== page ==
Monika wrote:There are animals that don't eat, like a fly that mates and dies within one day.
Then it is a dead fly and can be shot with a cannon.
[nitpick]
Mayfly's are the shortest lived insect, living from 30 minutes to 1 day. But they still eat. Also they exist in larva for months to a year, they just die shortly after hatching.
Any living organism that does anything must consume something, whether it be food or energy (eg light or heat), conservation of energy and all.
[/nitpick]
addams wrote:This forum has some very well educated people typing away in loops with Sourmilk. He is a lucky Sourmilk.
 Monika
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Re: Favorite math jokes
Maybe it wasn't the flies then, but there was some kind of insect or worm that doesn't eat his whole (short) life time. I think it only applied to the males.
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 Eebster the Great
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Re: Favorite math jokes
Monika wrote:Maybe it wasn't the flies then, but there was some kind of insect or worm that doesn't eat his whole (short) life time. I think it only applied to the males.
Well obviously it couldn't apply to both genders at all stages of life. :O
But no, I don't think there is anything like what you are imagining. There are, however, some adult insects that do not eat. (Also a great many adult plants.)
Re: Favorite math jokes
Mike_Bson wrote:i is being such a hypocrite, considering it is not a rational number.
True, though both its real and imaginary parts are rational, so maybe it likes rational numbers better than irrational ones.
 Eebster the Great
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Re: Favorite math jokes
pizzazz wrote:Mike_Bson wrote:i is being such a hypocrite, considering it is not a rational number.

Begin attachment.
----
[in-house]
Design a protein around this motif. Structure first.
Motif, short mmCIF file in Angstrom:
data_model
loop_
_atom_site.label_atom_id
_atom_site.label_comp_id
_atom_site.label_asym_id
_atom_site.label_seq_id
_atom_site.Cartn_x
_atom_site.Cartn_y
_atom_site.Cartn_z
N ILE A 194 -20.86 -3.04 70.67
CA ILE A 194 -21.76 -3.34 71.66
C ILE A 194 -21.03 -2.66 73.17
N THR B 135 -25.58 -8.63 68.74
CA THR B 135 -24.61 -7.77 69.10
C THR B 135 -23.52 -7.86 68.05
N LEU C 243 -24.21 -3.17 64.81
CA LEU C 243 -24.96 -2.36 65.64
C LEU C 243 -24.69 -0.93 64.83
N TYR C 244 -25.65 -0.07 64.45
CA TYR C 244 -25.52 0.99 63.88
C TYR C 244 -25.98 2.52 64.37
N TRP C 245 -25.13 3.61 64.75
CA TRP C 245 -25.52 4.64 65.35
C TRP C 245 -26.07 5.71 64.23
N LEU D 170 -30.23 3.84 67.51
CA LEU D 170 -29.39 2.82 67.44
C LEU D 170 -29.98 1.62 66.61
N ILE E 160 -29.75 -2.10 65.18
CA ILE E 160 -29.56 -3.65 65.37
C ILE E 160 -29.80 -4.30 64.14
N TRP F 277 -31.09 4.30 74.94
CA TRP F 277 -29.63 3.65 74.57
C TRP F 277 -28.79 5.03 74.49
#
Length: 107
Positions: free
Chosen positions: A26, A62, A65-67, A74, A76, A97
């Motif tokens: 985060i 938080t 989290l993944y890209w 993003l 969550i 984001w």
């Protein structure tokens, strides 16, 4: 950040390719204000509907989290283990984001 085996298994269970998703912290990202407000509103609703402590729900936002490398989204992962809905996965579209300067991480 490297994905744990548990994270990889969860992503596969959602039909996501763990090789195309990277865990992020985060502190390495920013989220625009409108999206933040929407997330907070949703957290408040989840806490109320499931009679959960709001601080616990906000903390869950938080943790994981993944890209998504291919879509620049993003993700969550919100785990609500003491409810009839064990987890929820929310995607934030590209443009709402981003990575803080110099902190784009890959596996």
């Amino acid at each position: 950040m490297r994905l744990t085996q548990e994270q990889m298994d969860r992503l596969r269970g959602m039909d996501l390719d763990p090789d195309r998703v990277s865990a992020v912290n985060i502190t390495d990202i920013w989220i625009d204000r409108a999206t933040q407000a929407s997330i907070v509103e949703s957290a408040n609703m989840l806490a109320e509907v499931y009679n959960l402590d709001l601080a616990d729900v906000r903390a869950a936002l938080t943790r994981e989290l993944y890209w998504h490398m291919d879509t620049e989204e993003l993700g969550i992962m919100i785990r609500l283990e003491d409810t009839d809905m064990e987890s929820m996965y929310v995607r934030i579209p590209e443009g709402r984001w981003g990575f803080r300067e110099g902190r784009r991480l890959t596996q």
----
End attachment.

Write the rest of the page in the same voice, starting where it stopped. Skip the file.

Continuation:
True, though both its real and imaginary parts are rational.
But its argument is transcendental.
Re: Favorite math jokes
Eebster the Great wrote:pizzazz wrote:Mike_Bson wrote:i is being such a hypocrite, considering it is not a rational number.
True, though both its real and imaginary parts are rational.
But its argument is transcendental.
So is 1's
addams wrote:This forum has some very well educated people typing away in loops with Sourmilk. He is a lucky Sourmilk.
Re: Favorite math jokes
Recent conversation lead me to this
"I'm sure you'll change your mind once you have a look at my degrees."
"I'm sure you'll change your mind once you have a look at my degrees."
Re: Favorite math jokes
Eebster the Great wrote:The proof of this begs the question 
Stop right there. We agree on everything except your use of this term. Begging the question is the specific logical fallacy of assuming at some point what you're trying to prove. If something's already proven and you're just using it, there's no assumption, so you can't be begging the question.
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 phlip
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Re: Favorite math jokes
Right... if you use A to prove B, then use B to prove C, then use C to prove B again, then everything's still valid. Redundant, sure (and indeed that's the joke), but not fallacious.
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enum ಠ_ಠ {°□°╰=1, °Д°╰, ಠ益ಠ╰};
void ┻━┻︵╰(ಠ_ಠ ⚠) {exit((int)⚠);}
 Eebster the Great
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Re: Favorite math jokes